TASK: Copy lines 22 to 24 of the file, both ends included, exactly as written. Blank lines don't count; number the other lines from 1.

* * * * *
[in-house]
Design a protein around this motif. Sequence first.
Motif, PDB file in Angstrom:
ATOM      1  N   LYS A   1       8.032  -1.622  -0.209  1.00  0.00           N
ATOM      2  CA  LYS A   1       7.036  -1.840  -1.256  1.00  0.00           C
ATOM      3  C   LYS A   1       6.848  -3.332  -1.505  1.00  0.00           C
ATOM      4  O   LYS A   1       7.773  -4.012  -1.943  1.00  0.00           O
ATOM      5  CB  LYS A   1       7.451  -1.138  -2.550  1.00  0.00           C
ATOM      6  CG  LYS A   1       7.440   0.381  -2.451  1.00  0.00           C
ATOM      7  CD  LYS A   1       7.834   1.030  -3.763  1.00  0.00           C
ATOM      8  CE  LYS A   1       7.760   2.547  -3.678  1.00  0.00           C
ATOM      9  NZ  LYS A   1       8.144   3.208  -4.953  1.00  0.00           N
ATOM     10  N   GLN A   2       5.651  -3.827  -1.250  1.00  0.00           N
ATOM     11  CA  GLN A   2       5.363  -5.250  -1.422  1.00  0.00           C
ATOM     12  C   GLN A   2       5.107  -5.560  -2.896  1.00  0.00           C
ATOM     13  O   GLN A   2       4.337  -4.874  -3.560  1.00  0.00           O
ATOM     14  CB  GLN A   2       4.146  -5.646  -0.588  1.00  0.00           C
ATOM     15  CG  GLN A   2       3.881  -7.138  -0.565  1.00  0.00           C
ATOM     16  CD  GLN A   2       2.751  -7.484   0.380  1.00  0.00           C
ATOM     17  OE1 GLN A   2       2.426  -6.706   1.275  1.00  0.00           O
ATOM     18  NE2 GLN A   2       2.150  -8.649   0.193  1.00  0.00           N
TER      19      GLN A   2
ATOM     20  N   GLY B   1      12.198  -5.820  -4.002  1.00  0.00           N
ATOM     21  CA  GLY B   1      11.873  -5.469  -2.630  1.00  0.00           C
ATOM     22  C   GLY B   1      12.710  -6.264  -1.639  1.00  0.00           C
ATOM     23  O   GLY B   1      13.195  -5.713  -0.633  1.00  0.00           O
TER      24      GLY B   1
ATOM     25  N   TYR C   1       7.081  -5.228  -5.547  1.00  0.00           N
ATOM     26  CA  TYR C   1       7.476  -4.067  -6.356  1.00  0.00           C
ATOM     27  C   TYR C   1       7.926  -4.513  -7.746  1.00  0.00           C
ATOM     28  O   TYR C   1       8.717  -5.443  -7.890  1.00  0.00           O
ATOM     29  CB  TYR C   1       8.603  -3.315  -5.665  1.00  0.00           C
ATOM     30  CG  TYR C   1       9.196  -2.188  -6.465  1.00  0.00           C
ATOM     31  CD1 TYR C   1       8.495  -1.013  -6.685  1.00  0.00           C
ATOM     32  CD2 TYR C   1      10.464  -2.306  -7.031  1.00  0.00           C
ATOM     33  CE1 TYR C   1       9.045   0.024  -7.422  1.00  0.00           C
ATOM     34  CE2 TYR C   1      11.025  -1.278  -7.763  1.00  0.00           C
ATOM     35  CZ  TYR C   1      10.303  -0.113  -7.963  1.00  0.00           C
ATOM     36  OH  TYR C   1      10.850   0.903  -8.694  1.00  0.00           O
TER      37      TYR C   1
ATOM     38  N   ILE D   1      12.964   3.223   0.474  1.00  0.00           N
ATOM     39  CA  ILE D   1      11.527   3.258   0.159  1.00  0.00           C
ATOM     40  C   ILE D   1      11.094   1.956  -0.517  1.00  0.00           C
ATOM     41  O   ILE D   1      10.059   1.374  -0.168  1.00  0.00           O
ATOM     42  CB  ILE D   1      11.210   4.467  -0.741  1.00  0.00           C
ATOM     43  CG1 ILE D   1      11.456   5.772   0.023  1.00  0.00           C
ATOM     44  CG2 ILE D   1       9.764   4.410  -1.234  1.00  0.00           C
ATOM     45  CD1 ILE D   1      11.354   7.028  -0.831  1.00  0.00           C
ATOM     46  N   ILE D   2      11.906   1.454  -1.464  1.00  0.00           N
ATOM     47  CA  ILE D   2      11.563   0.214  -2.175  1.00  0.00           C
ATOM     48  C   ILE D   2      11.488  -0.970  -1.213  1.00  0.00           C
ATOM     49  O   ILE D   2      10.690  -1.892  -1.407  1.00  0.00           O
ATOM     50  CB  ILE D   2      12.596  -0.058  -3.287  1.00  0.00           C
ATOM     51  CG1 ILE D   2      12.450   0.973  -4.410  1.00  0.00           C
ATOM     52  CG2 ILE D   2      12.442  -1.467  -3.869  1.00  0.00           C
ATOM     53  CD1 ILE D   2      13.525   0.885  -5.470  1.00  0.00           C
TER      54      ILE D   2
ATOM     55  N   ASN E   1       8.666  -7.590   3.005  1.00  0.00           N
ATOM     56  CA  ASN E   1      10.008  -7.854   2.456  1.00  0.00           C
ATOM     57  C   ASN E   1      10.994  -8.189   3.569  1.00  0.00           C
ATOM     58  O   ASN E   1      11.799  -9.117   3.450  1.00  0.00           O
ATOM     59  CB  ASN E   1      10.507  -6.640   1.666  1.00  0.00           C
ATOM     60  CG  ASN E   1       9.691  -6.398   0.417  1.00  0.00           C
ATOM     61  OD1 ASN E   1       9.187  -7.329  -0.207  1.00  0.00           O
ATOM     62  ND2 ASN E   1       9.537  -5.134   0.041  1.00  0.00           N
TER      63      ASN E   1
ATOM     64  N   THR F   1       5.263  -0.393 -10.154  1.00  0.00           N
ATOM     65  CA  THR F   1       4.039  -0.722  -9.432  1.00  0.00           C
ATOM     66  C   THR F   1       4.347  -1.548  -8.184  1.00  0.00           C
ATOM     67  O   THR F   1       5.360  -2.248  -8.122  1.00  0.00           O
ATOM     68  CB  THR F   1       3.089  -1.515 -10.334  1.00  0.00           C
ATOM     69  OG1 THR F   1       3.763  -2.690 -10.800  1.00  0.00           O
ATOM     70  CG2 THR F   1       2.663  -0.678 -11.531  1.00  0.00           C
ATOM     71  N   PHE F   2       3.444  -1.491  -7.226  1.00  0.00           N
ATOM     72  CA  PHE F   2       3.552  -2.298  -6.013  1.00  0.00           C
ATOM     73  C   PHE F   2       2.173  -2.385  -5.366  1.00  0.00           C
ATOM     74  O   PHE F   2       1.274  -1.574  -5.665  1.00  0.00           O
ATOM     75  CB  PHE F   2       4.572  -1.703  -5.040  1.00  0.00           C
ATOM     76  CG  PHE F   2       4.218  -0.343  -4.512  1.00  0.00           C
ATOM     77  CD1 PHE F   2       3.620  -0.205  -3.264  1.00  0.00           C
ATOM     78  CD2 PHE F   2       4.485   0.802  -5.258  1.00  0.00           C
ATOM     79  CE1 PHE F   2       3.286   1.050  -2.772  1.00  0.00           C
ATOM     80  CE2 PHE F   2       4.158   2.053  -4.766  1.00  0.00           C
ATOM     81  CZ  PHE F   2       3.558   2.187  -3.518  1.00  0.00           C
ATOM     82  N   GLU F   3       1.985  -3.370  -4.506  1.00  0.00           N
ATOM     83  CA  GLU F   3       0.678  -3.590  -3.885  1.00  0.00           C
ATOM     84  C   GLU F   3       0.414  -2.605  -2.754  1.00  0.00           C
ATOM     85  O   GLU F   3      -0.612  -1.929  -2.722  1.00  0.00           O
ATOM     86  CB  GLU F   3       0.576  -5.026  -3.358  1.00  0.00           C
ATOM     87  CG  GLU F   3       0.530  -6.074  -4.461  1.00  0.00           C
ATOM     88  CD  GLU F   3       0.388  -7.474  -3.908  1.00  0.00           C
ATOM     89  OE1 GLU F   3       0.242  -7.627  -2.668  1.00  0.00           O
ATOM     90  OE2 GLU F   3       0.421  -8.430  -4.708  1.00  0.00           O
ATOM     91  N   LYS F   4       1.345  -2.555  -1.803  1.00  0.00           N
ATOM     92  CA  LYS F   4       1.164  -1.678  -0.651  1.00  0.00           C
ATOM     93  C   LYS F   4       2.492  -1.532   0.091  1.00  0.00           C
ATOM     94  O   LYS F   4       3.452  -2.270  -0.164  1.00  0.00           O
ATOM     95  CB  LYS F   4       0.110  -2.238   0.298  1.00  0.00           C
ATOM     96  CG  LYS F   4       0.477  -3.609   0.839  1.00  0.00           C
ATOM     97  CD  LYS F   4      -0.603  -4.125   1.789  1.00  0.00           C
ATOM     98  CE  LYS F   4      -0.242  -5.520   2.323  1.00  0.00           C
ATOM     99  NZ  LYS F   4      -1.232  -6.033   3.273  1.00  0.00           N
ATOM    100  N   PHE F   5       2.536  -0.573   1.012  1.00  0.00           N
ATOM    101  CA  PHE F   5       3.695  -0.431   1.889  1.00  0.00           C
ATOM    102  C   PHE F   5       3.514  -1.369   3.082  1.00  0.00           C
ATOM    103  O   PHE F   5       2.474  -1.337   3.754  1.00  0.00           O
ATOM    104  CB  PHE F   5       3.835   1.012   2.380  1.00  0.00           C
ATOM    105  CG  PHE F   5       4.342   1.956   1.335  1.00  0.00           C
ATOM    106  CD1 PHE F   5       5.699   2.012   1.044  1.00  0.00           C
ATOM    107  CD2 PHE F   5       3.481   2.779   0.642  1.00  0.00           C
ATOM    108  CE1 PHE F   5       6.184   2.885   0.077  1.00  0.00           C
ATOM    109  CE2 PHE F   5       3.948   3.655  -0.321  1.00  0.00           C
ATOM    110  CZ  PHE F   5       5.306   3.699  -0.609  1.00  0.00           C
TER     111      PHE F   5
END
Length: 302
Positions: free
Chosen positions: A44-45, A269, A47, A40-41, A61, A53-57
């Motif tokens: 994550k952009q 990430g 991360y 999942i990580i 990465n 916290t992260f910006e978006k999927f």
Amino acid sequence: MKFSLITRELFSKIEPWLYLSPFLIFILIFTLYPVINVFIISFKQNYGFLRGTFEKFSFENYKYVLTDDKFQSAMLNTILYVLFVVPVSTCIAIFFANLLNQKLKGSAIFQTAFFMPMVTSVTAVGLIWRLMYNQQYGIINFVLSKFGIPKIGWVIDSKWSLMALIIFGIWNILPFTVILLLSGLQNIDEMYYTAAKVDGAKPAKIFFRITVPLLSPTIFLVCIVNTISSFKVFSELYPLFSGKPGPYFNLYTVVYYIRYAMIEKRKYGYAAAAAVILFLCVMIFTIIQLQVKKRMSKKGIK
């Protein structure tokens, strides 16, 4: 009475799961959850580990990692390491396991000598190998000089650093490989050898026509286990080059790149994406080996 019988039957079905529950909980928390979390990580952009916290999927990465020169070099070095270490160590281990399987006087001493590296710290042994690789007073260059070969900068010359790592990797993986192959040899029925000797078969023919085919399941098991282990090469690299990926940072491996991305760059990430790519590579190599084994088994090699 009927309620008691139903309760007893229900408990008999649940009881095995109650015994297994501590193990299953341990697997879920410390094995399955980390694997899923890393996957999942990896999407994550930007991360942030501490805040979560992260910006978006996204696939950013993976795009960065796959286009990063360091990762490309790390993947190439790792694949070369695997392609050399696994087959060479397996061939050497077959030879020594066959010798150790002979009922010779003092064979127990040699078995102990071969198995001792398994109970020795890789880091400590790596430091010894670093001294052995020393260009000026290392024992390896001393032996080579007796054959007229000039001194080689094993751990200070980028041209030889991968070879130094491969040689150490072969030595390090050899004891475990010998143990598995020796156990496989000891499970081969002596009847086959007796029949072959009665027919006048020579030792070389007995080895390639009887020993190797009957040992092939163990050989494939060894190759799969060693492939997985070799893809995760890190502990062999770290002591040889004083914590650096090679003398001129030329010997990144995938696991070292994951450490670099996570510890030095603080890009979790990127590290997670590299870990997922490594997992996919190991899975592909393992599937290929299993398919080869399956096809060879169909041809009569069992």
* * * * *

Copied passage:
TER      19      GLN A   2
ATOM     20  N   GLY B   1      12.198  -5.820  -4.002  1.00  0.00           N
ATOM     21  CA  GLY B   1      11.873  -5.469  -2.630  1.00  0.00           C